The second part is the infrastructure. If there is a lot of data that has to be calculated from the scanner this can take time. We now accept this and have to wait a minute or so but we know how valuable time is. A faster calculation of data would be really helpful. Maybe that is also where artificial intelligence solutions would work and a part of that is you calculate them and then it has to be transferred to the PACS system. That is something that is not working as fast compared to what I want. I know the moment it is scanned and calculated but i can’t see it. I still have to wait some minutes. People are not always aware of how much damage is done every second in the emergency department. When you are 15 minutes slower there can be huge consequences and that is something we should share. So I would say the main challenges are time and sharing the information.

In the current stroke workflow when a stroke patient comes into the ED how do you go about making your decisions?

This is really a team effort, and we regularly discuss optimization of the workflow with all the stakeholders. When a stroke patient comes in, I try to be as clear as possible, and want other members of the team to also work as efficiently as possible, without wasting time. Non-contributing tests should be avoided. It’s a matter of making a sequence of binary decisions in a strict manner, with always the possibility to adapt the workflow to the circumstances.

Is it a stroke: yes – what do I need to know? Is it hemorrhagic or not? Is another diagnosis possible? What about brain perfusion? And are there filling defects visible on the CT Angiography? Are the radiological findings and clinical findings comparable? What type of therapy should be started, intravenous or endovascular? This should be performed in a timely fashion: Time = Brain!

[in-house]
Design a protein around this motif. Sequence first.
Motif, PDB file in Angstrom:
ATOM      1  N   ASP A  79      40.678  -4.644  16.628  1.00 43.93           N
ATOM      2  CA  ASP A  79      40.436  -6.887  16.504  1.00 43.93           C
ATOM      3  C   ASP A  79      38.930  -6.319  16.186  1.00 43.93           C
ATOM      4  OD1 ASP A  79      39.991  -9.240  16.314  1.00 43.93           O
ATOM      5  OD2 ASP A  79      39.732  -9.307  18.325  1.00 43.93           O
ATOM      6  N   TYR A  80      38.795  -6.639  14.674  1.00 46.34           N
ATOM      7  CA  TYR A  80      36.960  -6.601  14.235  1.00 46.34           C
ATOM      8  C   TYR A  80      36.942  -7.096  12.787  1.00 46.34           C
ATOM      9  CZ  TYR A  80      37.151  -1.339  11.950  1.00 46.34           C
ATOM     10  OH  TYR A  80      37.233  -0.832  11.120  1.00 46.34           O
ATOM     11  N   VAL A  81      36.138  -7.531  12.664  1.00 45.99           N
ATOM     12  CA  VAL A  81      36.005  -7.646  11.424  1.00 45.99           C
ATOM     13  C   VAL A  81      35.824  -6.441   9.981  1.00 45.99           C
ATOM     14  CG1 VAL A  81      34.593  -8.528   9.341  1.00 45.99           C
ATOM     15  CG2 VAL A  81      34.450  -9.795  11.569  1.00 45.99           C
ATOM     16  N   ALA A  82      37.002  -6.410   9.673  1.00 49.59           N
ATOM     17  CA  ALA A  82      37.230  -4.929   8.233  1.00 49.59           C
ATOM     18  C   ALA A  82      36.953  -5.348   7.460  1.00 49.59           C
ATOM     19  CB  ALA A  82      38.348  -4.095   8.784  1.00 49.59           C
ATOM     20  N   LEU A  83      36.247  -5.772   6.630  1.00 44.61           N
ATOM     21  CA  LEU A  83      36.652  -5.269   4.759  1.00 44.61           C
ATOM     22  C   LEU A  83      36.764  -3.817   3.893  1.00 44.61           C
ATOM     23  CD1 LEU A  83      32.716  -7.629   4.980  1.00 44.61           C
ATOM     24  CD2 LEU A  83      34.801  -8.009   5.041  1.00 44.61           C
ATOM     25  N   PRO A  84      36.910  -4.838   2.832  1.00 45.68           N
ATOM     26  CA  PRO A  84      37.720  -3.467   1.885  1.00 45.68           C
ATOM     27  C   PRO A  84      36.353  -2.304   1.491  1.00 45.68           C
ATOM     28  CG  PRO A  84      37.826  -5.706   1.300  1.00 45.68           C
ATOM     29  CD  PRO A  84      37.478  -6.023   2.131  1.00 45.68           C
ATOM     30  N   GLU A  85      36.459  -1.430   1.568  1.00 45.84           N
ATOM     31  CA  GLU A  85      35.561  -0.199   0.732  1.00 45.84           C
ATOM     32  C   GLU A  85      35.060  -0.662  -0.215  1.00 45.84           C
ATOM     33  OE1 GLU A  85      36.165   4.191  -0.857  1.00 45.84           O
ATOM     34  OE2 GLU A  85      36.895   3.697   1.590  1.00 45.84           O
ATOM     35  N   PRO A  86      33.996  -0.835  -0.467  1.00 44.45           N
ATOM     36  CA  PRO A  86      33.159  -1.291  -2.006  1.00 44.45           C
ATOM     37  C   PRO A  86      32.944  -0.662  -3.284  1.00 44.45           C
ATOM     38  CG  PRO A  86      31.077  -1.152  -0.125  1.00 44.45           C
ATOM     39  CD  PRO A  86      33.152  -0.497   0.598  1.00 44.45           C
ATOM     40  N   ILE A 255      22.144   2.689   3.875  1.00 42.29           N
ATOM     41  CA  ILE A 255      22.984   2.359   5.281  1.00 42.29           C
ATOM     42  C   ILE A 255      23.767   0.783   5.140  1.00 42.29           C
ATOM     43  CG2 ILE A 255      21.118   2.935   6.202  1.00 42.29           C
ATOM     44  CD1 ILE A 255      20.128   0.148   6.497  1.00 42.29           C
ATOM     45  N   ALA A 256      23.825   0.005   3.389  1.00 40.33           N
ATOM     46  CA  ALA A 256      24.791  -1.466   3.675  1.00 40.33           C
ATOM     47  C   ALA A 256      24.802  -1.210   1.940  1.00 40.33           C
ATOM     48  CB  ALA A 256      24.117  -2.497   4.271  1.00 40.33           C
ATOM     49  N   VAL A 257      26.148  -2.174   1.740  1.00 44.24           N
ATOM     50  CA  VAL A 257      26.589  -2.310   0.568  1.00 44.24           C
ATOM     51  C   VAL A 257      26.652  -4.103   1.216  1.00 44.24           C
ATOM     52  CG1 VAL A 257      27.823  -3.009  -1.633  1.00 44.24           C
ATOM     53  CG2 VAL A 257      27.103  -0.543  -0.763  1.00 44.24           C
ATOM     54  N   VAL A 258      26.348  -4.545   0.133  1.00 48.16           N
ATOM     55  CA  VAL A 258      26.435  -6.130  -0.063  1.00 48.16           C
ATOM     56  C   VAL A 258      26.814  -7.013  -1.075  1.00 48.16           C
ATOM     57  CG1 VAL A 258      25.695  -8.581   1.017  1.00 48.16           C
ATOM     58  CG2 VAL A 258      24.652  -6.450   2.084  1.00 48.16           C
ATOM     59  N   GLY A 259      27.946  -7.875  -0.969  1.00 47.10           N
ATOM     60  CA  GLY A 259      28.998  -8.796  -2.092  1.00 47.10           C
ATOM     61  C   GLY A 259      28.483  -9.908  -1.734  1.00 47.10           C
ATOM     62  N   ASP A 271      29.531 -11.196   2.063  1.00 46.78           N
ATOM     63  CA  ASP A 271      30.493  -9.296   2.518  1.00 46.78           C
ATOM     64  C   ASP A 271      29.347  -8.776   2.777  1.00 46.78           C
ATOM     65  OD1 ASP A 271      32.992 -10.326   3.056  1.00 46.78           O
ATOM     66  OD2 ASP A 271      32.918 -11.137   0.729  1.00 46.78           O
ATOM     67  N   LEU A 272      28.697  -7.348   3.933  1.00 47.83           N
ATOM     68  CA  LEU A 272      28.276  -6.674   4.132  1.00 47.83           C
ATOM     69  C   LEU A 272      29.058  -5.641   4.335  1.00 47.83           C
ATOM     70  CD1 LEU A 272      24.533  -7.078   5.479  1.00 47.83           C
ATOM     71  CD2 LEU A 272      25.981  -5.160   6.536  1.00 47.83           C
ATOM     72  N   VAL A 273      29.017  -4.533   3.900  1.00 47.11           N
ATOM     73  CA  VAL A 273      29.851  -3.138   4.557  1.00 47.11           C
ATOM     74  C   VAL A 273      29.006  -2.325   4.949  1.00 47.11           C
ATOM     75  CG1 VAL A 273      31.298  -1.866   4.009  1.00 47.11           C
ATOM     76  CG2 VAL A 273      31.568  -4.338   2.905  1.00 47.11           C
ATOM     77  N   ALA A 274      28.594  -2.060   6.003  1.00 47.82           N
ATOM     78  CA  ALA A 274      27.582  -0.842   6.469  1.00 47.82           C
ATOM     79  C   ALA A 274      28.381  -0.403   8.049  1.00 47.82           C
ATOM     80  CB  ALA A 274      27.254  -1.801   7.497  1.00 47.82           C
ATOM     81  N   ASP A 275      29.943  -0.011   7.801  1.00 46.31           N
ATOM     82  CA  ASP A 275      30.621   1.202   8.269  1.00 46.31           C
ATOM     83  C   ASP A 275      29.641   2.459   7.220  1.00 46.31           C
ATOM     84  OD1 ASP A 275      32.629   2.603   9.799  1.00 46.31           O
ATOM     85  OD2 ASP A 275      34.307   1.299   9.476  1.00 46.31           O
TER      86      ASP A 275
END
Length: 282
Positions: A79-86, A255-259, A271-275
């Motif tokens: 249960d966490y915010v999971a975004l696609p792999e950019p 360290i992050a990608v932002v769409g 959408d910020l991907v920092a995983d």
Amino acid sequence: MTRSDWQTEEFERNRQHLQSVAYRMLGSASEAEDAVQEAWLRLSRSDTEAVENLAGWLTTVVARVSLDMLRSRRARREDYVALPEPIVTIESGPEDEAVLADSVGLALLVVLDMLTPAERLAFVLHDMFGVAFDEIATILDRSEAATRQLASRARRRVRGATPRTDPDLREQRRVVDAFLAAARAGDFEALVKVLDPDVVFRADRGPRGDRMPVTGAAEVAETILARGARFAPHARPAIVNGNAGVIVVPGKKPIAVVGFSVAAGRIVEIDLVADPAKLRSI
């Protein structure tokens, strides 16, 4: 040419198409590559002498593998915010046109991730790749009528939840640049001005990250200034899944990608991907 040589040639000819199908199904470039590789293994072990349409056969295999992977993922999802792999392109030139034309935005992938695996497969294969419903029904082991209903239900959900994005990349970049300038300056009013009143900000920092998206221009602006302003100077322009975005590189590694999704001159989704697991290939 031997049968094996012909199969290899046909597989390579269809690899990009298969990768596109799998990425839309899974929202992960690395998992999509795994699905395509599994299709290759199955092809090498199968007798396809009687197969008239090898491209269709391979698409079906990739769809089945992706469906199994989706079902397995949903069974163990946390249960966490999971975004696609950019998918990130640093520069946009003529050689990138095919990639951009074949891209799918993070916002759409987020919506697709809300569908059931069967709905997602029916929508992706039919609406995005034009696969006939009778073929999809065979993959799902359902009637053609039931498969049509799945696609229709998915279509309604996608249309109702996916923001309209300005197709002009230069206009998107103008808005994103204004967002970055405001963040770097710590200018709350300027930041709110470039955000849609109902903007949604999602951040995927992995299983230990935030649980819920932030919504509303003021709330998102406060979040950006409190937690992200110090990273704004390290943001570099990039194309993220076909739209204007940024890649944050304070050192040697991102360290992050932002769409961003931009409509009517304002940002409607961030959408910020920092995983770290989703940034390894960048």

In your opinion where do you think AI could be most useful for you and how could it be implemented into the radiology department? 

Although it wouldn’t be typically thought of as AI, I think the calculation of penumbra and core is very useful, but still needs some further studies. It’s great that support from AI calculations is now accepted. In my opinion, if you want to implement a new AI powered tool into a healthcare system it needs to require very little effort from the hospital’s end. It needs to be something that is easy to implement, easy to use and easy to interpret. The moment it is presented to physicians with very little effort then they can accept that they have to know what it is all about!

Can you see how AI can have a helpful role in the stroke workflow?

Yes, there are certainly a few ways in which I think AI benefits the workflow. The most obvious role is the recognition of clots which for me is not the most difficult challenge when I can correlate it with the perfusion calculation. But some of my colleagues can have some difficulties in finding the clot so there is definitely an advantage in that. 

On a broad scale we have quite a few parameters which is great when trying to diagnose patients. The question we really want to know the answer to is what will the patient outcome be for a particular treatment. I know this means taking into account many parameters. Some interventionists are reluctant to treat older patients for example over 80 years old. But I believe for every individual it is different. Some 85 year olds may have at least another 15 years of valuable life. So this can be a moral problem. Hopefully in time when enough data is available we will be able to predict the probability of a beneficial outcome for a particular treatment.

What is your experience of AI in the stroke workflow and do you see it adding value in your opinion?